Half-Life is a game that’s considered revolutionary to PC Gaming and First Person Shooters. Released in 1998 for the PC and later ported to other platforms, the game starts Gordon Freeman over the course of a few days at Black Mesa Laboratories. Half-Life and its sequels are fan favorites of the FPS genre, but does the original game still hold up?
I first bought Half-Life for like a dollar on Steam during the Summer Sale in 2015. I had heard that the game was considered legendary, but I didn’t seriously play and beat it until earlier this year. The first thing I noticed when playing the game is how hilariously strange the voice acting sounds. Voice acting was super new at the time, and each character talks very awkwardly, almost like they’re in pain. The voice acting never improves, showing the age of the game.
The gameplay of Half-Life is interesting. The player controls Scientist Gordon Freeman from a first person perspective. As Freeman, the player starts what seems to be a normal day at Black Mesa, but soon after donning Freeman’s now trademark Hazmat Suit, a Portal to another dimension opens up after a failed experiment, and aliens invade. Grabbing a crowbar and any other weapon he can find, Freeman must fight his way through the laboratory, to the surface, down into the sewers, across the desert, and into the Alien Dimension, defeating Aliens and Military Soldiers sent to destroy all the evidence in 18 levels.
Gordon Freeman is essentially a one-man army, wielding a crowbar, bombs, guns, and even Alien weapons on his quest to escape from Black Mesa. The Aliens and Military Soldiers that Freeman encounters drop these weapons and ammunition. One of my biggest gripes with Half-Life is how poorly coded the enemies are. When shooting the military soldiers, they take so many bullets before going down, and they don’t recoil after getting hit, they only drop after they’ve been killed. While you’re shooting them, they shoot you as well, making it a game of “Who dies first?” This is a huge problem, since there are many more enemies than allies in this game. The aliens’ damage output is very inconsistent, sometimes dealing 30 points of damage, while sometimes dealing five. Health and a Hazmat Shield can be obtained through refill stations that only fill up around half your health and three quarters of your hazmat shield, while also being found through small refills found in boxes. The game was more frustrating than fun, with a lot of enemy filled sections only being beaten through trial and error. Half-Life can be too difficult for its own good at some points.
One of the interesting parts about Half-Life is that there’s no real beginning or end to any level. The title of the new level will pop up on the screen when Freeman gets to a certain area that signals the start of the next level. The level length can vary, with some lasting around 10-20 minutes, while some lasting over an hour. This isn’t a good thing, in my opinion, as it’s incredibly inconsistent. Since I went into the game blind, I had no idea when any level was going to end. Most of the time they’d end before I got overly tired, but there were three situations in which I got frustrated. “On The Rails”, an early level, took me well over an hour to finish. The game gives you next to no direction of where to go, as the level, while taking place primarily on rails, is super open ended.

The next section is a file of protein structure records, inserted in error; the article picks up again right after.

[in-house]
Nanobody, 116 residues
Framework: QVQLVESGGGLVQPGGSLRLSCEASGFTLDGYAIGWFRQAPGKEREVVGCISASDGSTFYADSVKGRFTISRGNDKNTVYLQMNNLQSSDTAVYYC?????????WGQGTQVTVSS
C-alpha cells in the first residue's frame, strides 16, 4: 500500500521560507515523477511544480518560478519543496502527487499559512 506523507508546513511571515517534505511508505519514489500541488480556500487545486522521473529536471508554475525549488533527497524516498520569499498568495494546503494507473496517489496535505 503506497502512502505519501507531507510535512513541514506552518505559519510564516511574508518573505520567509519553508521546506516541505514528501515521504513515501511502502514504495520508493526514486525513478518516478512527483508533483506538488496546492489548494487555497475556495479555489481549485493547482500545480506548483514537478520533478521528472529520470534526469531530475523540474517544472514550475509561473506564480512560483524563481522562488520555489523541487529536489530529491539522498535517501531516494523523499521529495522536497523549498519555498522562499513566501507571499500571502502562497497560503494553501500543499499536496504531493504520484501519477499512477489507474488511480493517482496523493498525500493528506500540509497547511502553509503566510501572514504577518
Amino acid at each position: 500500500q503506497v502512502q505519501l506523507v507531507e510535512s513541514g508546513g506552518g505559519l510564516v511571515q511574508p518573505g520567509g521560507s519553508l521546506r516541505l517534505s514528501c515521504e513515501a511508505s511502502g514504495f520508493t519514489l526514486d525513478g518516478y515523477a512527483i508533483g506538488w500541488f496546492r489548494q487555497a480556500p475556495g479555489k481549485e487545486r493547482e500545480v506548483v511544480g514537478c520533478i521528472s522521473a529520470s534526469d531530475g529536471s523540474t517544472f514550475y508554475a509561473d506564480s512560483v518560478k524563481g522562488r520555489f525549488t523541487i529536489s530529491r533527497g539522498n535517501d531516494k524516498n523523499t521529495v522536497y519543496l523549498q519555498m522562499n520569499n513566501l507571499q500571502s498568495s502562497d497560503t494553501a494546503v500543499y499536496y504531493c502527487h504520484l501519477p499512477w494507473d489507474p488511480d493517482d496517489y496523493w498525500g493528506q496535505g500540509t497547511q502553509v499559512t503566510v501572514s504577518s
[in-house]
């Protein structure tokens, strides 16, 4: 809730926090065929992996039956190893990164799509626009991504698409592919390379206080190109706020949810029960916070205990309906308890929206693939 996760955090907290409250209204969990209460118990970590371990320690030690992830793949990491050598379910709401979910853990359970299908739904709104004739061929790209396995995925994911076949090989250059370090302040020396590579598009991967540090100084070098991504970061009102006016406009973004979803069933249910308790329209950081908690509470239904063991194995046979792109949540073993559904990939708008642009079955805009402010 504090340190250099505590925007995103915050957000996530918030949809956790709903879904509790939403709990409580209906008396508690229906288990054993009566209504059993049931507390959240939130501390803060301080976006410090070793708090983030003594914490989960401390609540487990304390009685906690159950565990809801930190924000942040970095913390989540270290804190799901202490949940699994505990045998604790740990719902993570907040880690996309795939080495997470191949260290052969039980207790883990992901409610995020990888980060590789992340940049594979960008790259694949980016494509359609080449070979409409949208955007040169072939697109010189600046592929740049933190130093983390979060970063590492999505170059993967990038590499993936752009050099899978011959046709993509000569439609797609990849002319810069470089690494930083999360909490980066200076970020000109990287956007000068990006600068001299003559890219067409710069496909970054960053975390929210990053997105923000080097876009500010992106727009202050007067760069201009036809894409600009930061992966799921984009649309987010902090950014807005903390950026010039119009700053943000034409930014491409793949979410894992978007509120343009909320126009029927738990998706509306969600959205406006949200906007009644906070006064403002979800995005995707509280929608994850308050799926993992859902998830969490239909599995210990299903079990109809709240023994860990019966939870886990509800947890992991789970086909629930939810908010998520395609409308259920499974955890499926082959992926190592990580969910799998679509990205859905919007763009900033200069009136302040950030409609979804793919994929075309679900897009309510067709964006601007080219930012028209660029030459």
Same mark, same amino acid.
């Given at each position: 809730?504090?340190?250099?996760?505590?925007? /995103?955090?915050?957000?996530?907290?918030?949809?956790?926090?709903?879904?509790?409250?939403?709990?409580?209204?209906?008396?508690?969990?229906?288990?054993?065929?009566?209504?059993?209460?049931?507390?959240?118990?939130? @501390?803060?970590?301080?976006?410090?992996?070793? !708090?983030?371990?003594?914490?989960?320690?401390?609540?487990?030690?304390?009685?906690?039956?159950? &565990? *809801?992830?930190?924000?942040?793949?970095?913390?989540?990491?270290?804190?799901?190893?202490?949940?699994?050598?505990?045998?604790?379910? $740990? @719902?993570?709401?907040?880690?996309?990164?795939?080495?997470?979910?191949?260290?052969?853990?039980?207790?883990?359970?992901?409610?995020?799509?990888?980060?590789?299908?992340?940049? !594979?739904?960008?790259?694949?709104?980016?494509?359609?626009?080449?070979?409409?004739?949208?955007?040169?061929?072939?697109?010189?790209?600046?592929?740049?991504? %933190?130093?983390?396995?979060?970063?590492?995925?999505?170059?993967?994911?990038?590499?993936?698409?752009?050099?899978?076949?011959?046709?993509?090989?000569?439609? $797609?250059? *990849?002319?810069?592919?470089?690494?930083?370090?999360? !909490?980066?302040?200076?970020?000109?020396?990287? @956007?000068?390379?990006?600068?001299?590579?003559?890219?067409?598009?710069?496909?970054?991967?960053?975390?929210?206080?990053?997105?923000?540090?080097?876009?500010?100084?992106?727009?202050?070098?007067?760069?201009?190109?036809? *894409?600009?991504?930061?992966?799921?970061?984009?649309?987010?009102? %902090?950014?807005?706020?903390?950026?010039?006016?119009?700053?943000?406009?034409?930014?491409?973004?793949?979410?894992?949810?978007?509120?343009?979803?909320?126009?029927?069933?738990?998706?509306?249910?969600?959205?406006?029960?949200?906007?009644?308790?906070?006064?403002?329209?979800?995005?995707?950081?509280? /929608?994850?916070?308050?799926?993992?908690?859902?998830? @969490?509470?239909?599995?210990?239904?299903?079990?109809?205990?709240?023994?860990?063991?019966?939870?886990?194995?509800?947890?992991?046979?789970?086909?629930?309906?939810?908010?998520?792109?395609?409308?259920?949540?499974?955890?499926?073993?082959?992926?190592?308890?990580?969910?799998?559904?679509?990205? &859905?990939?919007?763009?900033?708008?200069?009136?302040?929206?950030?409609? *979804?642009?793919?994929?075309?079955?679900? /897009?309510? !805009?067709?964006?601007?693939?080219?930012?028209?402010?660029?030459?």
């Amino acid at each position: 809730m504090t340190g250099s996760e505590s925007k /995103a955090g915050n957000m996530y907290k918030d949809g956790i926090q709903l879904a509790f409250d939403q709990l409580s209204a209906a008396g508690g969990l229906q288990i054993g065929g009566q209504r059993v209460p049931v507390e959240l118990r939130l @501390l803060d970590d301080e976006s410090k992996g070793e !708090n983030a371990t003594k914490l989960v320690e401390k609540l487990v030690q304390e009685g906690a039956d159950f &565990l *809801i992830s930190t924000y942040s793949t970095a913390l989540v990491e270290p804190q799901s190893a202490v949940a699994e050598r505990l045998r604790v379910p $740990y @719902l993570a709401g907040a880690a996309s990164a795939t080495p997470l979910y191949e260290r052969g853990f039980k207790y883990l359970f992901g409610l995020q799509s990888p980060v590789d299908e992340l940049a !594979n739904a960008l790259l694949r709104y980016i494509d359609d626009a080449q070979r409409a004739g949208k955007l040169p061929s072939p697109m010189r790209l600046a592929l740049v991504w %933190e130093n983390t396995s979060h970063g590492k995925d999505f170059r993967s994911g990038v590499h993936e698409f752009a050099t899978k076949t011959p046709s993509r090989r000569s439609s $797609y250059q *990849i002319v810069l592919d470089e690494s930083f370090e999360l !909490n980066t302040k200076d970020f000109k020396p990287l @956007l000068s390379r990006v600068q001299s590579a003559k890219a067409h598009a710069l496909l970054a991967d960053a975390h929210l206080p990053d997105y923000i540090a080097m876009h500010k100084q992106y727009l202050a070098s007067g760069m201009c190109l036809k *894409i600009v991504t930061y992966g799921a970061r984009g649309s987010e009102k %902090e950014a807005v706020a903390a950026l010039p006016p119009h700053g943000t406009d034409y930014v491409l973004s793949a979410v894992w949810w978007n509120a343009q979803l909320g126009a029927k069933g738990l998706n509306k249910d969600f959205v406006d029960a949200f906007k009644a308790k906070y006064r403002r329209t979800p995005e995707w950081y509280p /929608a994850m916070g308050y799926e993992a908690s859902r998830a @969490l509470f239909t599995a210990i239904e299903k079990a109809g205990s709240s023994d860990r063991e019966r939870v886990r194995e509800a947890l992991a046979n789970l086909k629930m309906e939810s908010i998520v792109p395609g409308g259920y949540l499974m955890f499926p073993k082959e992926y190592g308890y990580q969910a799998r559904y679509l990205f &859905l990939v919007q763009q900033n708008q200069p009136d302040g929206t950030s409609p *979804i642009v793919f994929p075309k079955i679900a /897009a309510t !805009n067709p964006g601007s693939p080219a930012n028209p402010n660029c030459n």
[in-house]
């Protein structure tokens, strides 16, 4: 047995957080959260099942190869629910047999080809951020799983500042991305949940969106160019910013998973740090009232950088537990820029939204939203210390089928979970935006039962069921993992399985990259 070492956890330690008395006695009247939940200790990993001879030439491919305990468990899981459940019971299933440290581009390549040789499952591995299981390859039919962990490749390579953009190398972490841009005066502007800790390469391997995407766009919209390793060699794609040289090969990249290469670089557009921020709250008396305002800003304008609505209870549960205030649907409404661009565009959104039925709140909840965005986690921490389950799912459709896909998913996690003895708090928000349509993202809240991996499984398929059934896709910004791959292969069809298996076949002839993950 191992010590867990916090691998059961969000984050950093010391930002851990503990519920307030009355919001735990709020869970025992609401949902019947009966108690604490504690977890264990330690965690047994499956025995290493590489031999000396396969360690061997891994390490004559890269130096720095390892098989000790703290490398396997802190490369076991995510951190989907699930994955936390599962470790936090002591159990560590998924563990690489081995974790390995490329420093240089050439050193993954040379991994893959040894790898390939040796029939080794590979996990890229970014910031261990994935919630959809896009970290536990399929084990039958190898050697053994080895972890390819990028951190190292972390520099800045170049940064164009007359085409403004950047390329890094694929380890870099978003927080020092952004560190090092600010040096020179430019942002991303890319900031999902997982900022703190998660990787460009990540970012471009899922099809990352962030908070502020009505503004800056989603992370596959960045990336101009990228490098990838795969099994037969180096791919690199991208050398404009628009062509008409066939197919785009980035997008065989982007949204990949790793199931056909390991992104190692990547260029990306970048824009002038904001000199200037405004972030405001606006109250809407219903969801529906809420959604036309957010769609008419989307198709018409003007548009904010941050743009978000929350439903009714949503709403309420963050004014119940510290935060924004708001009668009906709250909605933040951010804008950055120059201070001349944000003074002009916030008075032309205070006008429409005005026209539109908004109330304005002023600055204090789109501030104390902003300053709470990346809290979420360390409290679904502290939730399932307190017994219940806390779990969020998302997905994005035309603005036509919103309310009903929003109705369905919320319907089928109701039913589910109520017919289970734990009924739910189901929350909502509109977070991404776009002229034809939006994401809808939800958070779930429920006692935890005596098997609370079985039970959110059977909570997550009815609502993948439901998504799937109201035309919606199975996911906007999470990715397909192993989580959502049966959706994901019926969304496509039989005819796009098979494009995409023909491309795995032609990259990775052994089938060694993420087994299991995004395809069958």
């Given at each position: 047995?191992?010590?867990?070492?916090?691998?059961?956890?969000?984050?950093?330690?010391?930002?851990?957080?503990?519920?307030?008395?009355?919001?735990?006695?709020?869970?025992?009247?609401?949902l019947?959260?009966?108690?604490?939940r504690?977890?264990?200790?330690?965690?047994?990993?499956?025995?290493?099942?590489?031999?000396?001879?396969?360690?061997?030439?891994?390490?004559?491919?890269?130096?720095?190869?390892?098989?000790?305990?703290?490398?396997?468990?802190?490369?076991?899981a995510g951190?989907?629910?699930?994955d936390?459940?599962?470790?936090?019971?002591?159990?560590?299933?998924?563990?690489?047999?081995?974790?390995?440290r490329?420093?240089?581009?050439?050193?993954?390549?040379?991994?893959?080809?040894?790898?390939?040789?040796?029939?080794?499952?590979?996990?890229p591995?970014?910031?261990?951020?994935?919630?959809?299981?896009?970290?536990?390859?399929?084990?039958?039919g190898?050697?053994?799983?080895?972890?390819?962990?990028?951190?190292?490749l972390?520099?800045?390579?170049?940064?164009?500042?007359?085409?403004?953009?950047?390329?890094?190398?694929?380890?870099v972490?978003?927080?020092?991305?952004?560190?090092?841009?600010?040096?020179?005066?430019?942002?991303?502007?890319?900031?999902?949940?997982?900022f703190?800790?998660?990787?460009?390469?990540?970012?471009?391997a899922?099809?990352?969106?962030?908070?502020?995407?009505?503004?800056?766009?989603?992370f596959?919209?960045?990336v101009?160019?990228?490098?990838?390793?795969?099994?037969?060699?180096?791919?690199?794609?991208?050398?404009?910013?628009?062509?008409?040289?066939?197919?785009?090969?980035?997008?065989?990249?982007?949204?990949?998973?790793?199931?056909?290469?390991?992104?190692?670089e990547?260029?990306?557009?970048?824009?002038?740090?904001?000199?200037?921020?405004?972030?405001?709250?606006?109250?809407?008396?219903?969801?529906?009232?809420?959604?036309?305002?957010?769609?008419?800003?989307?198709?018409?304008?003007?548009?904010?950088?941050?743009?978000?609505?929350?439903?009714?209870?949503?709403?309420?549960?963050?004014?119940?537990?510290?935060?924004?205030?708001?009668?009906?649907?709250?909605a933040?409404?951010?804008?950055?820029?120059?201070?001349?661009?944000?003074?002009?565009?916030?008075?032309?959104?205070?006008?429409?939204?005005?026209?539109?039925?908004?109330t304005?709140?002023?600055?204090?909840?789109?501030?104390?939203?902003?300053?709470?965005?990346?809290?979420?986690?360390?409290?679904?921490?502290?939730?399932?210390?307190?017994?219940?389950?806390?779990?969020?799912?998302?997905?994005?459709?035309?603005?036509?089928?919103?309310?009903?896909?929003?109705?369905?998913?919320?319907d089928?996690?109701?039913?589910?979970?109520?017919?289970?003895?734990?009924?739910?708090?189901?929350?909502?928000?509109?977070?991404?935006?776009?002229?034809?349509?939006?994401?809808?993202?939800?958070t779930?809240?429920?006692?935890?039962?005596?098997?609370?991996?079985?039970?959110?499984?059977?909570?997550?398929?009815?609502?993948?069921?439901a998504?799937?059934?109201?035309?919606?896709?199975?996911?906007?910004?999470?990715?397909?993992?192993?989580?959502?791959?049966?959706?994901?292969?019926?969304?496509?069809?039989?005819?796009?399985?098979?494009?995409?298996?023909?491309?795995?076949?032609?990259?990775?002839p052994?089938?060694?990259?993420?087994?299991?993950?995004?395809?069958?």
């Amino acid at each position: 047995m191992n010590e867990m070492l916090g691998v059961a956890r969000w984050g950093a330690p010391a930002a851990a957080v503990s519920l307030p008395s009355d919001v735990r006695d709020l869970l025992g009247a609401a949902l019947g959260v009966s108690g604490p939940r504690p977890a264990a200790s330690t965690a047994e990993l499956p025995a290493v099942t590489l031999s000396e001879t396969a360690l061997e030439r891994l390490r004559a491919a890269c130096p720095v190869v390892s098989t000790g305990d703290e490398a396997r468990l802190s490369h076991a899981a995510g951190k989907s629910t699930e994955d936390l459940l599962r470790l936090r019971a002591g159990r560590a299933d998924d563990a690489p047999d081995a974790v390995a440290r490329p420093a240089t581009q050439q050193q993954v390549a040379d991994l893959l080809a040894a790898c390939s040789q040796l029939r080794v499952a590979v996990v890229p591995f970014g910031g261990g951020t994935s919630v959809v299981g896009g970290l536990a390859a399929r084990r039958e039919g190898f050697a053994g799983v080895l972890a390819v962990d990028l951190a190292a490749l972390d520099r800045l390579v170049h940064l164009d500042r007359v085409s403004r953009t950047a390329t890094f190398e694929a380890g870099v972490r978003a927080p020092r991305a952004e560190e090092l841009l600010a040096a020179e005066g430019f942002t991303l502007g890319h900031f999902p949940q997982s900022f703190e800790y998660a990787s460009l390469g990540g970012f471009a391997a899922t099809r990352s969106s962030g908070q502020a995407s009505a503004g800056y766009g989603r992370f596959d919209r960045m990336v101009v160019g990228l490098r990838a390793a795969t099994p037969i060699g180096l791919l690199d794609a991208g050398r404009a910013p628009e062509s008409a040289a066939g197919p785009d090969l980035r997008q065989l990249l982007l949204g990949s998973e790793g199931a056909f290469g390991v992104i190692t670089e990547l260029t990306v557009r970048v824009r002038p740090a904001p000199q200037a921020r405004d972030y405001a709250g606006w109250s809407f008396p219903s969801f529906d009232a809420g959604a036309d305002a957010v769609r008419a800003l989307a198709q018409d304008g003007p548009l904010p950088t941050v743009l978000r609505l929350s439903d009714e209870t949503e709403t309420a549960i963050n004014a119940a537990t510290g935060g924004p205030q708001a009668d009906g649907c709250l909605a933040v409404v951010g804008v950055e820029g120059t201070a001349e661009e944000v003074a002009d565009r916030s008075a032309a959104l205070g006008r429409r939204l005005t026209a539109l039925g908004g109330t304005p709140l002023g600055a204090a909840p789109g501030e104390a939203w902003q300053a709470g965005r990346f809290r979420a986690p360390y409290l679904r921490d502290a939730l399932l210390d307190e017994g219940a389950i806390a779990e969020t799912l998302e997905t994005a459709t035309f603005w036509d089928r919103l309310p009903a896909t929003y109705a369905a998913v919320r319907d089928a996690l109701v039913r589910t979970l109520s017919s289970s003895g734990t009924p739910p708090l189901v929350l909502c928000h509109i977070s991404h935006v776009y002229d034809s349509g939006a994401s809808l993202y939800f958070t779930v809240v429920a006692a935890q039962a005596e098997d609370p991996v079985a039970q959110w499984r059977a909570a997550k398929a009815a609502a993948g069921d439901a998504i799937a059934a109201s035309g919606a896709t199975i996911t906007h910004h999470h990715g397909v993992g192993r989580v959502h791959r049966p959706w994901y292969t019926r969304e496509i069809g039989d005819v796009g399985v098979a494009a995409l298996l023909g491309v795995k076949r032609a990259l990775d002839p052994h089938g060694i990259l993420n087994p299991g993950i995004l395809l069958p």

The next level that gave me trouble is in my opinion the worst level I have ever played in any FPS game. “Surface Tension” takes place a little over halfway through the game, and could easily make up four levels with its length. Freeman goes outside the lab onto the cliffs, into the sewers, through a desert, back into the labs, and onto the streets, fighting several military personnel and aliens with no end in sight and an overload of enemies. This level alone took me almost three hours to beat.
Finally, “Interloper” the penultimate level in the game, takes Gordon Freeman through a huge factory in the Alien world. This level is super long, and I found myself constantly running low on health and ammo for my guns, which is annoying when the hardest enemies in the game are all over the place. This level took almost two hours to finish, and I had to take a break from it at one point. The other 15 levels aren’t super easy, but they’re all cake walks compared to the three I listed. Half-Life’s gameplay is just not good in 2018.
The controls of Half-Life aren’t great, either. I’m not a fan of Mouse and Keyboard controls, and the steam version of Half-Life forces them on the player. This was super frustrating to me, as many times during my playthrough I made mistakes as a result of me not being used to the controls, such as slipping off platforms or overcorrecting my jumps. The controls when swimming and climbing ladders were awkward as well. When swimming, multiple keys on the keyboard serve the same purposes, but at different speeds. Climbing ladders is difficult since Freeman moves in the direction he’s looking. I often fell off ladders accidentally since I shifted the mouse while climbing. The controls of Half-Life have aged horribly.
The music and graphics aren’t very notable. Half-Life looked great for the time, but isn’t anything special today. That being said, the game doesn’t look bad, but it’s a product of its time, with horrible character models, and bland graphics. The aliens do look cool, though. The music is completely forgettable, since I don’t remember any of it. I heard gunshots, explosions, and voices more than I heard music. Since I can’t remember the music and the graphics only have the alien models going for them, I’m going to say neither has aged well.
Half-Life in 2018 is not a good game, but I’m hard-pressed to say that it was ever a good game. I didn’t enjoy my time playing the game, and I don’t see myself ever replaying it. Half-Life has not aged well at all.